Authors as Published

Alex X. Niemiera, Associate Professor, Department of Horticulture


Foliage: There is a great amount of variation in leaf shape and color; evergreen
Height: As a ground cover to about 9 inches tall; as a vine will climb to 90 feet tall
Spread: As a ground cover will spread indefinitely

Main features

English ivy is an attractive evergreen ground cover and vine that grows in full sun or full shade. While very attractive due to its lustrous green foliage and numerous foliage variations found in the cultivars, and being very tolerant of adverse conditions, this species has been documented as an invasive species. NatureServe’s overall invasive rank for English ivy (Hedera helix) is High/medium with an ecological impact ranking of Medium. NatureServe’s Invasive Rank Reasons Summary is “Hedera helix is shown to negatively effect forest biodiversity, especially in the Pacific Northwest. It is also a popular landscaping plant. There is no guaranteed method for keeping H. helix out of natural areas or removing it once it has established.” (reference at bottom)

Plant Needs

Zone: 4 to 9 but will depend on cultivar; some cultivars are not hardy in zone 6
Light: Full sun to full shade; foliage may be discolored in full sun during winter
Moisture: Moist to dry
Soil type: Any type; will tolerate salt spray
pH range: Acid to alkaline


English ivy is an attractive ground cover or vine.


English ivy is a relatively maintenance-free species when grown as a ground cover with the exception that it will invade adjacent beds. Once it has invaded adjacent beds, it is difficult to control. When it reaches a vertical element (e.g., fence, tree, and wall), English ivy will climb by rootlets on the stem. To protect the health of trees, one must remove/kill vines that climb on trees.

Additional Information

English ivy has two growth phases, juvenile and adult (mature). In the juvenile phase leaves are lobed and plants will usually not flower/set seed. In the adult phase leaves are not lobed and plant will flower and set seed. In general, plants that grow horizontally (ground cover) do not enter the adult phase; hence, they do not pose a reproductively invasive situation. In the juvenile phase, they do, however, pose a somewhat local vegetative invasive threat, i.e., they will spread to surrounding areas by stem elongation. In the adult phase, when the plant grows in a vertical fashion (i.e., vine), plants will pose a reproductive invasive threat, i.e., plants will flower and set seeds that can be eaten by birds and spread to distant locations. If one already has English ivy on their property, then they should be sure to cut down vines to prevent the seed set and potential spread of this species. Chemical control measures for English Ivy can be found in the Plant Conservation Alliance web site (reference at bottom).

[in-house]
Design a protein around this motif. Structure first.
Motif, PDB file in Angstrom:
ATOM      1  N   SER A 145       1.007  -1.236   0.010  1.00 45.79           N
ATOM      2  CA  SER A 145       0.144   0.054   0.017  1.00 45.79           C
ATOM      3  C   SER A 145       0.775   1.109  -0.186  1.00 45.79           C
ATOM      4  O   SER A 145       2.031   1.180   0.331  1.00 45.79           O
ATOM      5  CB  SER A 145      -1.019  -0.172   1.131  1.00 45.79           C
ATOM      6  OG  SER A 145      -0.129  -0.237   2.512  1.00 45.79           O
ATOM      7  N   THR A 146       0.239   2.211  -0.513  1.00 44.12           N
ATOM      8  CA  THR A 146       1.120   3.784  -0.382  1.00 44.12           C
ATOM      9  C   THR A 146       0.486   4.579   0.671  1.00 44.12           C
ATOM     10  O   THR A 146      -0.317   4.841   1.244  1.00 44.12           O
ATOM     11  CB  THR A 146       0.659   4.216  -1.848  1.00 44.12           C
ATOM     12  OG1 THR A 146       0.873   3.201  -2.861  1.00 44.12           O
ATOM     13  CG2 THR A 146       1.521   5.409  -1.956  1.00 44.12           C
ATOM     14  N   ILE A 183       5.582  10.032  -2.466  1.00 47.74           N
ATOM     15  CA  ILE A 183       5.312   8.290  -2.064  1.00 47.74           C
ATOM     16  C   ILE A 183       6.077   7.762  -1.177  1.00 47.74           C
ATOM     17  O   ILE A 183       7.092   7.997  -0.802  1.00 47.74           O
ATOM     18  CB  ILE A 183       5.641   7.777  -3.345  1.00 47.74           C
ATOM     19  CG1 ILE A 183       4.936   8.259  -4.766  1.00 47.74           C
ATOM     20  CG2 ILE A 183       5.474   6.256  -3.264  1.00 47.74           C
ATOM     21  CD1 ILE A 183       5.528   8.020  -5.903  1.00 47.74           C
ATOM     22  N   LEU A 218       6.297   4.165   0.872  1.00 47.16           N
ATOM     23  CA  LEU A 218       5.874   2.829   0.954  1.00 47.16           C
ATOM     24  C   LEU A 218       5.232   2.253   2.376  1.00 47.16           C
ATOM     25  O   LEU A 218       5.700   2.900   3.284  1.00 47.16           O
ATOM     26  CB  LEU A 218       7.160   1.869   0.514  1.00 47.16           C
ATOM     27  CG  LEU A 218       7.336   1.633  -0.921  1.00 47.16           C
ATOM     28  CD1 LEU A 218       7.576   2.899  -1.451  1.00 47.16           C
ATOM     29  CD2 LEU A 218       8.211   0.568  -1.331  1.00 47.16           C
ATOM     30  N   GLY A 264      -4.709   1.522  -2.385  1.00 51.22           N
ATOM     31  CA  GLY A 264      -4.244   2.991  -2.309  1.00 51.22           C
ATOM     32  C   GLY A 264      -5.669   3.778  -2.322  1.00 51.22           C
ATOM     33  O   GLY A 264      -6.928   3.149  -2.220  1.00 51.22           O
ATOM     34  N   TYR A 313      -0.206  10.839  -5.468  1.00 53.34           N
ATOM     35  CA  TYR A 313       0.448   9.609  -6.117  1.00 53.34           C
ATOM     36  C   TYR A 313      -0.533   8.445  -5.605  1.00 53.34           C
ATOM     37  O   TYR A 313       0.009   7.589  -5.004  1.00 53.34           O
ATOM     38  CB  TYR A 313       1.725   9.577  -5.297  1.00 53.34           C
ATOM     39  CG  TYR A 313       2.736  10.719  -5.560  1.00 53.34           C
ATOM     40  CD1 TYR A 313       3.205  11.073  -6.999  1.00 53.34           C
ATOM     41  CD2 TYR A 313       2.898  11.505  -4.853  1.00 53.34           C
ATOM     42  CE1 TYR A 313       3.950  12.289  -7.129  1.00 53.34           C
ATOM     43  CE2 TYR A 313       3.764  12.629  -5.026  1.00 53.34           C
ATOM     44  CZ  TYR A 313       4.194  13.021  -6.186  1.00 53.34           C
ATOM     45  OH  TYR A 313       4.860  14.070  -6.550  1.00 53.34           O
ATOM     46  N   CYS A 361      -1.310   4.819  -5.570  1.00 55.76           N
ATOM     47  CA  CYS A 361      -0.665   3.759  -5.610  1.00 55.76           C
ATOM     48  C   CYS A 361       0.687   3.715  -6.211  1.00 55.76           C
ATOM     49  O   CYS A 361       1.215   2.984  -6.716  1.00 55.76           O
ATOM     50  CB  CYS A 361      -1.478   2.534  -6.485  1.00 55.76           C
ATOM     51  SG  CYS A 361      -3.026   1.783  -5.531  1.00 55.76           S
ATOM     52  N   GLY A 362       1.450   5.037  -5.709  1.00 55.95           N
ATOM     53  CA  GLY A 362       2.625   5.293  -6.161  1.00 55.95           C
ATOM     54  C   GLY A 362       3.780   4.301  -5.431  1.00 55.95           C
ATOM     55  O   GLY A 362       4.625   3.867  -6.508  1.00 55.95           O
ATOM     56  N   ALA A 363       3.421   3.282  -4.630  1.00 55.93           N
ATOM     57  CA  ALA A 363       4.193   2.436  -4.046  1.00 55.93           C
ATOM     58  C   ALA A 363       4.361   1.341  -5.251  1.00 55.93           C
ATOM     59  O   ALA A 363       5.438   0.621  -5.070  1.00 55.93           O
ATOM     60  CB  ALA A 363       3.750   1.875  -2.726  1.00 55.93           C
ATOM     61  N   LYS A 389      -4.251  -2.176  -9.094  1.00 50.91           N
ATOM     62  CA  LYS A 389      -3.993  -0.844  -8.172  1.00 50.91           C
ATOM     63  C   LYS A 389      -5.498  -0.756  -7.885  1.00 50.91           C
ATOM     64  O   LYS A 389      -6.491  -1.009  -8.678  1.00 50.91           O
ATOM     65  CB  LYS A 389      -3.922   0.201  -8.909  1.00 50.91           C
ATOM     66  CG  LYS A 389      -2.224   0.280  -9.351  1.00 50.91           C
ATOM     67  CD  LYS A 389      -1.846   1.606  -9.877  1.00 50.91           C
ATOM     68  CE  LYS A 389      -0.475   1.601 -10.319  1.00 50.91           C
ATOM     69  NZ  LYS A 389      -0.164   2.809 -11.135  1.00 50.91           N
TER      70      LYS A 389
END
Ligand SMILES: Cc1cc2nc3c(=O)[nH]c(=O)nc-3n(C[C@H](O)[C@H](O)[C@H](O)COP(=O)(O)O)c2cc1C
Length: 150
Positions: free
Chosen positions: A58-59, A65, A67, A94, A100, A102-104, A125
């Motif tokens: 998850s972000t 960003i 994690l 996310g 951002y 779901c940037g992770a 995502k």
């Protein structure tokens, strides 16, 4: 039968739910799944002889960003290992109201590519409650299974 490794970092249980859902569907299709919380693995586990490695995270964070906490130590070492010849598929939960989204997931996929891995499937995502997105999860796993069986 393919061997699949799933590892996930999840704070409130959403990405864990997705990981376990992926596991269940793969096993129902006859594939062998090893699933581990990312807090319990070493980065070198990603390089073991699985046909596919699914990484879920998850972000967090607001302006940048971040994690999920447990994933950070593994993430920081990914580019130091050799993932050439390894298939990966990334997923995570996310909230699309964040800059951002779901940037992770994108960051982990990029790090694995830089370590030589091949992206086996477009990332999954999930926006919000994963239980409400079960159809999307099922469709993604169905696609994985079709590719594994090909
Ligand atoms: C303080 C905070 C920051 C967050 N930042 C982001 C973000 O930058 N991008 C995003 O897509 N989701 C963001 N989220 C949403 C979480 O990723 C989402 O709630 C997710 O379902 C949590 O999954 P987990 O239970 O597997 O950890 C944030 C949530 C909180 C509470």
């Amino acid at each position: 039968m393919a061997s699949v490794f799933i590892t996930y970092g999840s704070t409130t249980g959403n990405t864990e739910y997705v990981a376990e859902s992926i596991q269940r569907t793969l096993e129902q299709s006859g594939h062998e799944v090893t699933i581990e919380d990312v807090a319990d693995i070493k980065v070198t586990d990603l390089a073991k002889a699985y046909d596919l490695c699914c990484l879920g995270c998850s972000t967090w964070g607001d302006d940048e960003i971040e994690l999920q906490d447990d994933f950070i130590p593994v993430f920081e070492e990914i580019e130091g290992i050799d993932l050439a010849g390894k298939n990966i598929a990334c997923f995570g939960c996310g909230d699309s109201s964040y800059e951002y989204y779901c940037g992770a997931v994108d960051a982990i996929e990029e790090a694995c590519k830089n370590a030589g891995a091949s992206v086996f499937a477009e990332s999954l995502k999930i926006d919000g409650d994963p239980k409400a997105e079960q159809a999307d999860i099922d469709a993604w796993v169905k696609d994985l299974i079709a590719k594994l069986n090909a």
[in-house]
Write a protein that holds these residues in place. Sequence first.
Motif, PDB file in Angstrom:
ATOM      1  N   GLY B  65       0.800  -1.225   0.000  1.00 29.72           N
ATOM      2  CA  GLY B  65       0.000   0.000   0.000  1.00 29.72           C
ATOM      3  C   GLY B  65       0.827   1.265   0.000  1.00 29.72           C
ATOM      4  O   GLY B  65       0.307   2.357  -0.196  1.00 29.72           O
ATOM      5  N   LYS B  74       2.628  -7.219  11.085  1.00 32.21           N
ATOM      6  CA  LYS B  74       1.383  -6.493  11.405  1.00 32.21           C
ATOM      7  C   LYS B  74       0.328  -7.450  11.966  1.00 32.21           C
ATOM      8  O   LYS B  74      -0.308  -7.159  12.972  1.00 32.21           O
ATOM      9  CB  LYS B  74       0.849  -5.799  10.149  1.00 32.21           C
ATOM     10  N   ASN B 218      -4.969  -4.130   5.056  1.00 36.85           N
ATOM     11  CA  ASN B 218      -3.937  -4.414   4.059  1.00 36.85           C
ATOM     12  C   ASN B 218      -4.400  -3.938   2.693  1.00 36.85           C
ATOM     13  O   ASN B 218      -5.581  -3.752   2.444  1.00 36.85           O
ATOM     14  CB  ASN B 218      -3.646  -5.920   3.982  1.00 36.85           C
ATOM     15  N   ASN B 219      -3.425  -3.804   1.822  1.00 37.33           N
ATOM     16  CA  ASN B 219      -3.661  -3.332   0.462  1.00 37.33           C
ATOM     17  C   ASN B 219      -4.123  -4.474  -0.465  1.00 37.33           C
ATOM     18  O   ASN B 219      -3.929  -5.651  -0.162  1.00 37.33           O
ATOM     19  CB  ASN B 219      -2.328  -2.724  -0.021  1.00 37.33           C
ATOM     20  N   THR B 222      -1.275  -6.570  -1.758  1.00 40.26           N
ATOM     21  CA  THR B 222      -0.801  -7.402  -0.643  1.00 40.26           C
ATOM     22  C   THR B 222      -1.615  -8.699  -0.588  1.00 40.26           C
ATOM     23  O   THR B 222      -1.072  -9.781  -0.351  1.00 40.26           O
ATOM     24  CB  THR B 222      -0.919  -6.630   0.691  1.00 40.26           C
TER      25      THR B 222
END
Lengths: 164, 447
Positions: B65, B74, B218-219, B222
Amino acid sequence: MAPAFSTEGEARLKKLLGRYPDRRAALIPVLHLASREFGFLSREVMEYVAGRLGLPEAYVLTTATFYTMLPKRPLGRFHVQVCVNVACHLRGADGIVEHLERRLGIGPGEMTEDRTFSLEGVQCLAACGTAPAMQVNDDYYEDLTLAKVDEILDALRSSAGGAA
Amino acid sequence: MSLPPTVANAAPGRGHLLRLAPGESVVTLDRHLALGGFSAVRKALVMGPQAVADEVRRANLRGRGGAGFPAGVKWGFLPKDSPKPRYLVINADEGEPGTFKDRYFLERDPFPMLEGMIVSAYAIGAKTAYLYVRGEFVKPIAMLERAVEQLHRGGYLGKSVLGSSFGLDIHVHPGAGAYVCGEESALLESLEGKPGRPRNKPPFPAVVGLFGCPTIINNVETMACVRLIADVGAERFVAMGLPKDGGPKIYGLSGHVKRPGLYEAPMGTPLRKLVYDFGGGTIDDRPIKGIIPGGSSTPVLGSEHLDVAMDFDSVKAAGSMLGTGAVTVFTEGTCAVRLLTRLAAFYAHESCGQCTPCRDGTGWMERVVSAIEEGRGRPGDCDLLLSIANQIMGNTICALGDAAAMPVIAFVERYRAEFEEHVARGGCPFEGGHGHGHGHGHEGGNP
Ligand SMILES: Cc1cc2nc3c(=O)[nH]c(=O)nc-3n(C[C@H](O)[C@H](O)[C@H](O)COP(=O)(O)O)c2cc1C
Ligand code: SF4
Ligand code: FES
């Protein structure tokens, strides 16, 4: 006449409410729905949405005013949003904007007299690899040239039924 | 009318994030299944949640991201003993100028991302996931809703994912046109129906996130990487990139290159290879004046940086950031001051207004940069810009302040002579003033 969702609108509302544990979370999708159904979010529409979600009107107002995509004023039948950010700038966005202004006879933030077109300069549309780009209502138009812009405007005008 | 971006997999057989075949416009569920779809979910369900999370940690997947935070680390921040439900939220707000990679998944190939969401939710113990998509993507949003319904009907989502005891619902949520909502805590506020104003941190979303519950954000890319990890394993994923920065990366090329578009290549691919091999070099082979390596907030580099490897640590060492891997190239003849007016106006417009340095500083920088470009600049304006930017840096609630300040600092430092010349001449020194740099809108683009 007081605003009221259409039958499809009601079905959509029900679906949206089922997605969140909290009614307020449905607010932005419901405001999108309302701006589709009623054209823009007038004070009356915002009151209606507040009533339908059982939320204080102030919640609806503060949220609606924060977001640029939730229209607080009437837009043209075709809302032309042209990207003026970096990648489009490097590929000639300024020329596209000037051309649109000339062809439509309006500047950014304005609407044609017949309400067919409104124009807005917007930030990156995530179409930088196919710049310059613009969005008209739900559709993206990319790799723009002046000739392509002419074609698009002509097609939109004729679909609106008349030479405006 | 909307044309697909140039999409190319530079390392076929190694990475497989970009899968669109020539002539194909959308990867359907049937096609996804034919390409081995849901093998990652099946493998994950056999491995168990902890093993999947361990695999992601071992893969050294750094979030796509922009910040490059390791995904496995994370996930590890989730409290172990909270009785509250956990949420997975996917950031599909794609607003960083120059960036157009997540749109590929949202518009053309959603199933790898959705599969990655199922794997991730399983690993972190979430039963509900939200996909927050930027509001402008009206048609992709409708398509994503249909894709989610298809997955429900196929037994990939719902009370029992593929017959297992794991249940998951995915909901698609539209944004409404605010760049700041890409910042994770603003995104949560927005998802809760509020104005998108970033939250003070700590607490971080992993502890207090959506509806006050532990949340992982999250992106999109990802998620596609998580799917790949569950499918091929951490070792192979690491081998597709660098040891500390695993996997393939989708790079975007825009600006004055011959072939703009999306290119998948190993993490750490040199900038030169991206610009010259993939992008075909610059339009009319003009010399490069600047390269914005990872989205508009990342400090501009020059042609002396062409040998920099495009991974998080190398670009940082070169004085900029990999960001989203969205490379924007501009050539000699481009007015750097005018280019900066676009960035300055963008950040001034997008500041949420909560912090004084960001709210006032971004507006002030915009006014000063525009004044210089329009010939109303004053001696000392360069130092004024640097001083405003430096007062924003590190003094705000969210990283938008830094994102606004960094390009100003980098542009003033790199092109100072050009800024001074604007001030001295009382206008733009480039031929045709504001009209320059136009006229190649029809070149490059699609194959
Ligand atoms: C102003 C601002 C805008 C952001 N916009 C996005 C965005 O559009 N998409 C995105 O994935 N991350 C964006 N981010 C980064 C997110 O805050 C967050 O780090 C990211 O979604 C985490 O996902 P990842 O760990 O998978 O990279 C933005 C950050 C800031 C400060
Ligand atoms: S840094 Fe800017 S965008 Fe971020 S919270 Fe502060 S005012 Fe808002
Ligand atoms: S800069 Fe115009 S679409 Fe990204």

NatureServe - Hedera helix

Plant Conservation Alliance – English Ivy

Virginia Cooperative Extension materials are available for public use, reprint, or citation without further permission, provided the use includes credit to the author and to Virginia Cooperative Extension, Virginia Tech, and Virginia State University.

Issued in furtherance of Cooperative Extension work, Virginia Polytechnic Institute and State University, Virginia State University, and the U.S. Department of Agriculture cooperating. Edwin J. Jones, Director, Virginia Cooperative Extension, Virginia Tech, Blacksburg; M. Ray McKinnie, Administrator, 1890 Extension Program, Virginia State University, Petersburg.

Publication Date

November 3, 2010

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